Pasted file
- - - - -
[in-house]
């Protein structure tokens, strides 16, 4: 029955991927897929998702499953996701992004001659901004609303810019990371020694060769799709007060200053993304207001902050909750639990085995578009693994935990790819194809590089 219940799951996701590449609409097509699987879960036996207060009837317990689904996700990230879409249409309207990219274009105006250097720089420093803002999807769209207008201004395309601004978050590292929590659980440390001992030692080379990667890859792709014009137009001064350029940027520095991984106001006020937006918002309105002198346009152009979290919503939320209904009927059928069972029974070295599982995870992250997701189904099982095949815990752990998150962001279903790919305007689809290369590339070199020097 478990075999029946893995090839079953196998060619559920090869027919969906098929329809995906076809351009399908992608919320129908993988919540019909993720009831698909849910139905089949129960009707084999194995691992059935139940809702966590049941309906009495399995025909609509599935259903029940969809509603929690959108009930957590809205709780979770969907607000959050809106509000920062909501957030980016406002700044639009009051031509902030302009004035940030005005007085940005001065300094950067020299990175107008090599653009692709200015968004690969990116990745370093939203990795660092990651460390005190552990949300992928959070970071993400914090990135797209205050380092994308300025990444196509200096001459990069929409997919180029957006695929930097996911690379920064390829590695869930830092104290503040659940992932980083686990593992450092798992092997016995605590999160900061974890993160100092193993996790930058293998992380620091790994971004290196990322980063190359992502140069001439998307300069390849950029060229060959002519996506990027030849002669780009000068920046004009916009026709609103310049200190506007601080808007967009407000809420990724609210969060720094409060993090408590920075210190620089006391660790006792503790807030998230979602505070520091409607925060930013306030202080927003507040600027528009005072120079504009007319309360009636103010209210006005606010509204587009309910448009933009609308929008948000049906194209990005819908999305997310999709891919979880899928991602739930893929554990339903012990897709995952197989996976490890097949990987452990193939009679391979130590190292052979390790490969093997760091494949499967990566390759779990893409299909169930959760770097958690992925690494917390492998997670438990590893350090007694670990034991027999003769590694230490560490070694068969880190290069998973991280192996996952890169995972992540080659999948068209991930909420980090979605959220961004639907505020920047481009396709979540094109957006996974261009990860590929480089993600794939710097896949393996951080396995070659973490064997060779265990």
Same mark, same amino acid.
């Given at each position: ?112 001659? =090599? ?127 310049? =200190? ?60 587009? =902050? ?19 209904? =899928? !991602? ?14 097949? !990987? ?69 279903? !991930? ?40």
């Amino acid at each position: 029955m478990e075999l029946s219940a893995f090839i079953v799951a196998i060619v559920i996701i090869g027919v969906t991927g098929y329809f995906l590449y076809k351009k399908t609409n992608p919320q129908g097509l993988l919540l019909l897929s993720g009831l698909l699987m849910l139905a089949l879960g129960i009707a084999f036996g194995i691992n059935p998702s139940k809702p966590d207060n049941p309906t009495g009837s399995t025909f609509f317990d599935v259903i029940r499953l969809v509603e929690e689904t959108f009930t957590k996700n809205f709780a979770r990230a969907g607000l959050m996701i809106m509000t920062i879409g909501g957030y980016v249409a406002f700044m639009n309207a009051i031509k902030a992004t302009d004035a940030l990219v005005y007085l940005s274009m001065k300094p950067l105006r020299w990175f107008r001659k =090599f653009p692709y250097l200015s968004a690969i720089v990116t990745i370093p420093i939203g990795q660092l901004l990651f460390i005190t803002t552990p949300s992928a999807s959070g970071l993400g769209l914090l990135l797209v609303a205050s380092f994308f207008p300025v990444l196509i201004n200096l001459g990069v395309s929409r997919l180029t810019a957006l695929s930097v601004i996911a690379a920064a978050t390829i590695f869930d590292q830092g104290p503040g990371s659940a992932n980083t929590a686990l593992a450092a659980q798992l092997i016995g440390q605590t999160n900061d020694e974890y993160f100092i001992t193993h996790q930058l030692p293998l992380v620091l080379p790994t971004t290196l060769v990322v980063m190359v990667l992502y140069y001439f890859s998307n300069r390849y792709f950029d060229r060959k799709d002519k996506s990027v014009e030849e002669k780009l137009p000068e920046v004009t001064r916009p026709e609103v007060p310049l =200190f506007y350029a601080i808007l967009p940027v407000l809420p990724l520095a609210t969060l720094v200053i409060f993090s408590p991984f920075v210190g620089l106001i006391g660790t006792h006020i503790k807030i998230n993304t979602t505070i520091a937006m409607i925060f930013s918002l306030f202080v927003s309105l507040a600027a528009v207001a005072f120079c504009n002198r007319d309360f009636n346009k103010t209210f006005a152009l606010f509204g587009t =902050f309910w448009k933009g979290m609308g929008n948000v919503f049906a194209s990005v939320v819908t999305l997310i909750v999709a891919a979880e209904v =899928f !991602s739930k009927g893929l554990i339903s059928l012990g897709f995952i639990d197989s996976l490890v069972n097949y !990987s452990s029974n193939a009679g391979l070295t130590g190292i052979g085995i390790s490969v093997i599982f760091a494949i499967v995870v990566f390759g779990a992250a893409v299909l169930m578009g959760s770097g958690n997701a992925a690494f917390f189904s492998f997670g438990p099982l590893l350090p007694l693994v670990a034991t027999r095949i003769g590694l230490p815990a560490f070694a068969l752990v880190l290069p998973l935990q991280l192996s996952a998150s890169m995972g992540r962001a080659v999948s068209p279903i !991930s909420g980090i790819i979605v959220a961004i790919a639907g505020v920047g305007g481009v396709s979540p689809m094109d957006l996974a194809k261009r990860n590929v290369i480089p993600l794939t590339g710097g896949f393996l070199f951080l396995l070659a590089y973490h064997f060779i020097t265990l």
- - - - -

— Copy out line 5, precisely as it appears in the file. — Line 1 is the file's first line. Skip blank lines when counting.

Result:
């Amino acid at each position: 029955m478990e075999l029946s219940a893995f090839i079953v799951a196998i060619v559920i996701i090869g027919v969906t991927g098929y329809f995906l590449y076809k351009k399908t609409n992608p919320q129908g097509l993988l919540l019909l897929s993720g009831l698909l699987m849910l139905a089949l879960g129960i009707a084999f036996g194995i691992n059935p998702s139940k809702p966590d207060n049941p309906t009495g009837s399995t025909f609509f317990d599935v259903i029940r499953l969809v509603e929690e689904t959108f009930t957590k996700n809205f709780a979770r990230a969907g607000l959050m996701i809106m509000t920062i879409g909501g957030y980016v249409a406002f700044m639009n309207a009051i031509k902030a992004t302009d004035a940030l990219v005005y007085l940005s274009m001065k300094p950067l105006r020299w990175f107008r001659k =090599f653009p692709y250097l200015s968004a690969i720089v990116t990745i370093p420093i939203g990795q660092l901004l990651f460390i005190t803002t552990p949300s992928a999807s959070g970071l993400g769209l914090l990135l797209v609303a205050s380092f994308f207008p300025v990444l196509i201004n200096l001459g990069v395309s929409r997919l180029t810019a957006l695929s930097v601004i996911a690379a920064a978050t390829i590695f869930d590292q830092g104290p503040g990371s659940a992932n980083t929590a686990l593992a450092a659980q798992l092997i016995g440390q605590t999160n900061d020694e974890y993160f100092i001992t193993h996790q930058l030692p293998l992380v620091l080379p790994t971004t290196l060769v990322v980063m190359v990667l992502y140069y001439f890859s998307n300069r390849y792709f950029d060229r060959k799709d002519k996506s990027v014009e030849e002669k780009l137009p000068e920046v004009t001064r916009p026709e609103v007060p310049l =200190f506007y350029a601080i808007l967009p940027v407000l809420p990724l520095a609210t969060l720094v200053i409060f993090s408590p991984f920075v210190g620089l106001i006391g660790t006792h006020i503790k807030i998230n993304t979602t505070i520091a937006m409607i925060f930013s918002l306030f202080v927003s309105l507040a600027a528009v207001a005072f120079c504009n002198r007319d309360f009636n346009k103010t209210f006005a152009l606010f509204g587009t =902050f309910w448009k933009g979290m609308g929008n948000v919503f049906a194209s990005v939320v819908t999305l997310i909750v999709a891919a979880e209904v =899928f !991602s739930k009927g893929l554990i339903s059928l012990g897709f995952i639990d197989s996976l490890v069972n097949y !990987s452990s029974n193939a009679g391979l070295t130590g190292i052979g085995i390790s490969v093997i599982f760091a494949i499967v995870v990566f390759g779990a992250a893409v299909l169930m578009g959760s770097g958690n997701a992925a690494f917390f189904s492998f997670g438990p099982l590893l350090p007694l693994v670990a034991t027999r095949i003769g590694l230490p815990a560490f070694a068969l752990v880190l290069p998973l935990q991280l192996s996952a998150s890169m995972g992540r962001a080659v999948s068209p279903i !991930s909420g980090i790819i979605v959220a961004i790919a639907g505020v920047g305007g481009v396709s979540p689809m094109d957006l996974a194809k261009r990860n590929v290369i480089p993600l794939t590339g710097g896949f393996l070199f951080l396995l070659a590089y973490h064997f060779i020097t265990l």